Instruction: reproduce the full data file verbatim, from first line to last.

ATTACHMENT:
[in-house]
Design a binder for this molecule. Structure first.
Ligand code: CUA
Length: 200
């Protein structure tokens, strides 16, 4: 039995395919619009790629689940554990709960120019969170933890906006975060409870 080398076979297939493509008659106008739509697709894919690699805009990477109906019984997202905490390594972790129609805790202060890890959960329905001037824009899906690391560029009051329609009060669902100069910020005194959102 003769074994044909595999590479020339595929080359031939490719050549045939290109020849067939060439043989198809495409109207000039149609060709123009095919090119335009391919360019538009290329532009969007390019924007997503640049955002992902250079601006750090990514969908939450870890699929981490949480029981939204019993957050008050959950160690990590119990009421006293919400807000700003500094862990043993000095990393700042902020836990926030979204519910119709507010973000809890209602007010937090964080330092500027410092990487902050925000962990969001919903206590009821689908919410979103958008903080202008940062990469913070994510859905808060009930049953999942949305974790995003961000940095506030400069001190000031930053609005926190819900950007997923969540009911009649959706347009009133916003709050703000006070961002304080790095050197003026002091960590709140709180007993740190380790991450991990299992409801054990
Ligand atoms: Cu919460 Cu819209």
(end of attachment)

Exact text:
[in-house]
Design a binder for this molecule. Structure first.
Ligand code: CUA
Length: 200
């Protein structure tokens, strides 16, 4: 039995395919619009790629689940554990709960120019969170933890906006975060409870 080398076979297939493509008659106008739509697709894919690699805009990477109906019984997202905490390594972790129609805790202060890890959960329905001037824009899906690391560029009051329609009060669902100069910020005194959102 003769074994044909595999590479020339595929080359031939490719050549045939290109020849067939060439043989198809495409109207000039149609060709123009095919090119335009391919360019538009290329532009969007390019924007997503640049955002992902250079601006750090990514969908939450870890699929981490949480029981939204019993957050008050959950160690990590119990009421006293919400807000700003500094862990043993000095990393700042902020836990926030979204519910119709507010973000809890209602007010937090964080330092500027410092990487902050925000962990969001919903206590009821689908919410979103958008903080202008940062990469913070994510859905808060009930049953999942949305974790995003961000940095506030400069001190000031930053609005926190819900950007997923969540009911009649959706347009009133916003709050703000006070961002304080790095050197003026002091960590709140709180007993740190380790991450991990299992409801054990
Ligand atoms: Cu919460 Cu819209």